This is a mission to empower families to provide healthier lives for their children, including better nutrition, more opportunities to attend school, and safer homes and shelters.

Living and working with an Empowered Worldview

Pastor Assiel Musabyima has been trained in the Empowered Worldview Curriculum and is in the process of teaching other local pastors and farmers. He says "Because of not knowing God, the people couldn’t make an effort to change and to get out of that poverty...The key is for people to transform the way they see themselves so it leads to healthy actions toward a better future.”

When people actually believe their lives have value, this confidence is reflected in their behavior and their ability to affect change in their communities. Unfortunately, a worldview of hopelessness and dependency characterizes many countries where World Vision serves, limiting people’s ability to break the cycle of poverty in even the smallest ways.

Empowered Worldview training is World Vision’s model to help people understand their own worth and how they can utilize their full potential by employing their talents and the resources available to them.

This training targets particular influencers in a community, including faith leaders, farm-association leaders, saving groups, and leaders of women’s and youth groups. Core curriculum themes cover identity, vision, compassion, relationships, and faith.

Based on biblical principles, Empowered Worldview is now being adapted to work with Muslim and Hindu communities and in areas affected by conflict, such as Burundi.  

THRIVE and Empowered Worldview combine to instill hope and courage among community leaders and families eager for change.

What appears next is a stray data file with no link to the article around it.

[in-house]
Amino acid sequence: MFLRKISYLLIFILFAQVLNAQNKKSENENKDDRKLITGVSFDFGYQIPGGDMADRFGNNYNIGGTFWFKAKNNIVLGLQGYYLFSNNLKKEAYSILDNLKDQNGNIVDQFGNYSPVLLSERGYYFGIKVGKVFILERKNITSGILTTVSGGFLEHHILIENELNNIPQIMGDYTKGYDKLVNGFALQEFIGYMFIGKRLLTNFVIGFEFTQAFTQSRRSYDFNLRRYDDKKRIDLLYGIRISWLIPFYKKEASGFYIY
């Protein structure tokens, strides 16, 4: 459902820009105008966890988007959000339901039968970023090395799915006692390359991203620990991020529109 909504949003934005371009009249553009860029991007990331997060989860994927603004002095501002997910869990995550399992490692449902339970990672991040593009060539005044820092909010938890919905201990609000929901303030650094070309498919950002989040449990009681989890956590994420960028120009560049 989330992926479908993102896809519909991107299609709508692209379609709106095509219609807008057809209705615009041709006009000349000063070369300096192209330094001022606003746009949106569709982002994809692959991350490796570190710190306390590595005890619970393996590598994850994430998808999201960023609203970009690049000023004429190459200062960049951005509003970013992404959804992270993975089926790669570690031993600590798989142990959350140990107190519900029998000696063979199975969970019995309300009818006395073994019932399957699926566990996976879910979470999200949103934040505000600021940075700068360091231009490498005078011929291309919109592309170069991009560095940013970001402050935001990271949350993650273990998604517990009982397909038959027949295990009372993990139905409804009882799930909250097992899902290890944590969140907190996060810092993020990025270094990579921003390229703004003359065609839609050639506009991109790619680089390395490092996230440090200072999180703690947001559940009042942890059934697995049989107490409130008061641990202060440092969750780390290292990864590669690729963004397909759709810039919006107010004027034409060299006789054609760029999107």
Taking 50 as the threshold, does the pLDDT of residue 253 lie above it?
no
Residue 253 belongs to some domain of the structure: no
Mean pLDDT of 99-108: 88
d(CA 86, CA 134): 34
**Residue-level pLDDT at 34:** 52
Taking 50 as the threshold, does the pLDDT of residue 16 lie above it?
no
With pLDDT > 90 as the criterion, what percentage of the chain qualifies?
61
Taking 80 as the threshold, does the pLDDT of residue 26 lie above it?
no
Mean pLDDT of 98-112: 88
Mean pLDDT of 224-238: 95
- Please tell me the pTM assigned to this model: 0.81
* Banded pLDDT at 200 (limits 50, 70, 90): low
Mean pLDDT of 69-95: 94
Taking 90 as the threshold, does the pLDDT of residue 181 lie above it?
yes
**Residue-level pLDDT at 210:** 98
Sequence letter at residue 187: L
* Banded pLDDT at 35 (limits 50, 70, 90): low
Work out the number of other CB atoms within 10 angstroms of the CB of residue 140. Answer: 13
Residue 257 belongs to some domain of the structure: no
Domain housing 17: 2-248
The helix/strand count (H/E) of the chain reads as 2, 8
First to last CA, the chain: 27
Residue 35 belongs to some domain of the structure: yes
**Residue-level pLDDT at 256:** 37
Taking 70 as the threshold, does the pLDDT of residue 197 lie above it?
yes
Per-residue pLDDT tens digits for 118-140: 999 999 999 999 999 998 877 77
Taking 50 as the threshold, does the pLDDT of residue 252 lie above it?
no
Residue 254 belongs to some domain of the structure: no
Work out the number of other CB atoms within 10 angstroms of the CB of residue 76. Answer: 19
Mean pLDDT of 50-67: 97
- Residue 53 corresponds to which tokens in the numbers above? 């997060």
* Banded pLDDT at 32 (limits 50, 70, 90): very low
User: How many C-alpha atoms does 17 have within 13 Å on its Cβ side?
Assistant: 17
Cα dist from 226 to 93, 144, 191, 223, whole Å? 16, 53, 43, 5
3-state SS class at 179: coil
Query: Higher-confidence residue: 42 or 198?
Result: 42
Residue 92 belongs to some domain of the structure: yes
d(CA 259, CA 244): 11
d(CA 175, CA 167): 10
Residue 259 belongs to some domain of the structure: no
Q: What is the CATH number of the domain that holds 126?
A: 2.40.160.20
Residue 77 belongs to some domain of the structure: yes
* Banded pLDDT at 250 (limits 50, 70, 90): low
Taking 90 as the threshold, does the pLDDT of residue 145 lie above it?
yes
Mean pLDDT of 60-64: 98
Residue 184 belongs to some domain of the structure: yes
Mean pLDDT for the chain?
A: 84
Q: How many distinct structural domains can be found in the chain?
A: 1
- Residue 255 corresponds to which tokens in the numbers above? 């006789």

Participating in the Empowered Worldview training was a turning point in Hamadi Mussa’s life. He and his family live in Babati, Tanzania, and struggled to make ends meet due, in part, to negative and fearful attitudes toward new ideas and change. Believing his new business idea would fail always held him back. The training taught him new farming methods, such as planting in rows, weeding, and applying fertilizer to crops. It challenged his negative beliefs and convinced him there are opportunities all around him and that he can succeed. He emerged hopeful.

Warehouse in Makindube, Tanzania, where farmers store their SARO 5 rice, introduced through the World Vision THRIVE pilot. By warehousing their rice, the farmers are able to market it at the best time and sell cooperatively to receive the highest possible price. The warehouse also provides protection from pests and the weather.

Hamadi’s family now is earning 10 times what they used to earn. Because of that, the children are well-fed, consistently in school, and sleeping on good mattresses with mosquito nets, and Hamadi is building a new house and another to rent out for additional income.

“I am a change maker in my community,” he says. “I have dared to break the cultural barriers and beliefs that have prevented young people from doing more. Now they are coming to work with me and to learn from me.”

While incorporating the Empowered Worldview curriculum into World Vision’s THRIVE projects in Zambia, Malawi, Tanzania, Rwanda, and Honduras, we also are working to significantly expand the reach of this life-changing program throughout Africa and Asia. Projects are currently underway to expand Empowered Worldview into Mali, Burundi, and India.